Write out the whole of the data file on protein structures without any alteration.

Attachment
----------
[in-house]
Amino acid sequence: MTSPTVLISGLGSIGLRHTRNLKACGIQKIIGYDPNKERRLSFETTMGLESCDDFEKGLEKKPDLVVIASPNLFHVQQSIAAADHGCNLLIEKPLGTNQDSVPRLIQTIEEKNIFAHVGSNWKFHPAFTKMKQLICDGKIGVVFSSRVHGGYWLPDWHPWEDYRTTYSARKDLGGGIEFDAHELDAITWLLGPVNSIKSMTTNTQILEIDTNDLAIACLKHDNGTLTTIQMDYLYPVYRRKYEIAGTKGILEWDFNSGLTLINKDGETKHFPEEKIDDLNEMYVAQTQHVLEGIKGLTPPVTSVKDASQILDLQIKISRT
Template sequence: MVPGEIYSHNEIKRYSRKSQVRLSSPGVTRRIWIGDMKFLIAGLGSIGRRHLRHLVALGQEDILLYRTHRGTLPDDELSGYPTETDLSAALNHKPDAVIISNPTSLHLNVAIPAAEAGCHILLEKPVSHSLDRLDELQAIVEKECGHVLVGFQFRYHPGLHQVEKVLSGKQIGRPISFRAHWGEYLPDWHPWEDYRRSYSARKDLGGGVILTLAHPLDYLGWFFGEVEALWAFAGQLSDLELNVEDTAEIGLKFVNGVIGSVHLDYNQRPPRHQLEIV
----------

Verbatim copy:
[in-house]
Amino acid sequence: MTSPTVLISGLGSIGLRHTRNLKACGIQKIIGYDPNKERRLSFETTMGLESCDDFEKGLEKKPDLVVIASPNLFHVQQSIAAADHGCNLLIEKPLGTNQDSVPRLIQTIEEKNIFAHVGSNWKFHPAFTKMKQLICDGKIGVVFSSRVHGGYWLPDWHPWEDYRTTYSARKDLGGGIEFDAHELDAITWLLGPVNSIKSMTTNTQILEIDTNDLAIACLKHDNGTLTTIQMDYLYPVYRRKYEIAGTKGILEWDFNSGLTLINKDGETKHFPEEKIDDLNEMYVAQTQHVLEGIKGLTPPVTSVKDASQILDLQIKISRT
Template sequence: MVPGEIYSHNEIKRYSRKSQVRLSSPGVTRRIWIGDMKFLIAGLGSIGRRHLRHLVALGQEDILLYRTHRGTLPDDELSGYPTETDLSAALNHKPDAVIISNPTSLHLNVAIPAAEAGCHILLEKPVSHSLDRLDELQAIVEKECGHVLVGFQFRYHPGLHQVEKVLSGKQIGRPISFRAHWGEYLPDWHPWEDYRRSYSARKDLGGGVILTLAHPLDYLGWFFGEVEALWAFAGQLSDLELNVEDTAEIGLKFVNGVIGSVHLDYNQRPPRHQLEIV